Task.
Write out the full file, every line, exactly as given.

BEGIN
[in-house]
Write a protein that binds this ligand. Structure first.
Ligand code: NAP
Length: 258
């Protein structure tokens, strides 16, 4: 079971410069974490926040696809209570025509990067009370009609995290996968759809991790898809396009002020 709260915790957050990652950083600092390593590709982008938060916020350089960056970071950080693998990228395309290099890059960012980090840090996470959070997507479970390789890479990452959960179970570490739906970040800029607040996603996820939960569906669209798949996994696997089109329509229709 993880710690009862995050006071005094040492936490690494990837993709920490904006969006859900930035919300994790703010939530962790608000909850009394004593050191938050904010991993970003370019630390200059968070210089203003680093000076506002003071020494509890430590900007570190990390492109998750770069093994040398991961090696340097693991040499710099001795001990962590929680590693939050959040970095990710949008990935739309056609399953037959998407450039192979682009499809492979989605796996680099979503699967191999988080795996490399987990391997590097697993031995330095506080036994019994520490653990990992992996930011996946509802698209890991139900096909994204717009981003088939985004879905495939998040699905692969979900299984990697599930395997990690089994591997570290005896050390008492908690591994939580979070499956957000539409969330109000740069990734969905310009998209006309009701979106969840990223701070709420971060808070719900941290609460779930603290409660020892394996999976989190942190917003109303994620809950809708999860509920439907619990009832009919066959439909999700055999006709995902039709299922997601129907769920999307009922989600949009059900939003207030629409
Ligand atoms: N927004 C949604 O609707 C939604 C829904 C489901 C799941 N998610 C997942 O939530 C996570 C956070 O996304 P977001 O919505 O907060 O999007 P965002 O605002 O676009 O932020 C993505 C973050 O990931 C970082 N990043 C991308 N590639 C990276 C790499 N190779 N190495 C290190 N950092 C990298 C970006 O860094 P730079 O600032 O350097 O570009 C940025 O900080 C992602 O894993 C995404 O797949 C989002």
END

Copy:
[in-house]
Write a protein that binds this ligand. Structure first.
Ligand code: NAP
Length: 258
């Protein structure tokens, strides 16, 4: 079971410069974490926040696809209570025509990067009370009609995290996968759809991790898809396009002020 709260915790957050990652950083600092390593590709982008938060916020350089960056970071950080693998990228395309290099890059960012980090840090996470959070997507479970390789890479990452959960179970570490739906970040800029607040996603996820939960569906669209798949996994696997089109329509229709 993880710690009862995050006071005094040492936490690494990837993709920490904006969006859900930035919300994790703010939530962790608000909850009394004593050191938050904010991993970003370019630390200059968070210089203003680093000076506002003071020494509890430590900007570190990390492109998750770069093994040398991961090696340097693991040499710099001795001990962590929680590693939050959040970095990710949008990935739309056609399953037959998407450039192979682009499809492979989605796996680099979503699967191999988080795996490399987990391997590097697993031995330095506080036994019994520490653990990992992996930011996946509802698209890991139900096909994204717009981003088939985004879905495939998040699905692969979900299984990697599930395997990690089994591997570290005896050390008492908690591994939580979070499956957000539409969330109000740069990734969905310009998209006309009701979106969840990223701070709420971060808070719900941290609460779930603290409660020892394996999976989190942190917003109303994620809950809708999860509920439907619990009832009919066959439909999700055999006709995902039709299922997601129907769920999307009922989600949009059900939003207030629409
Ligand atoms: N927004 C949604 O609707 C939604 C829904 C489901 C799941 N998610 C997942 O939530 C996570 C956070 O996304 P977001 O919505 O907060 O999007 P965002 O605002 O676009 O932020 C993505 C973050 O990931 C970082 N990043 C991308 N590639 C990276 C790499 N190779 N190495 C290190 N950092 C990298 C970006 O860094 P730079 O600032 O350097 O570009 C940025 O900080 C992602 O894993 C995404 O797949 C989002």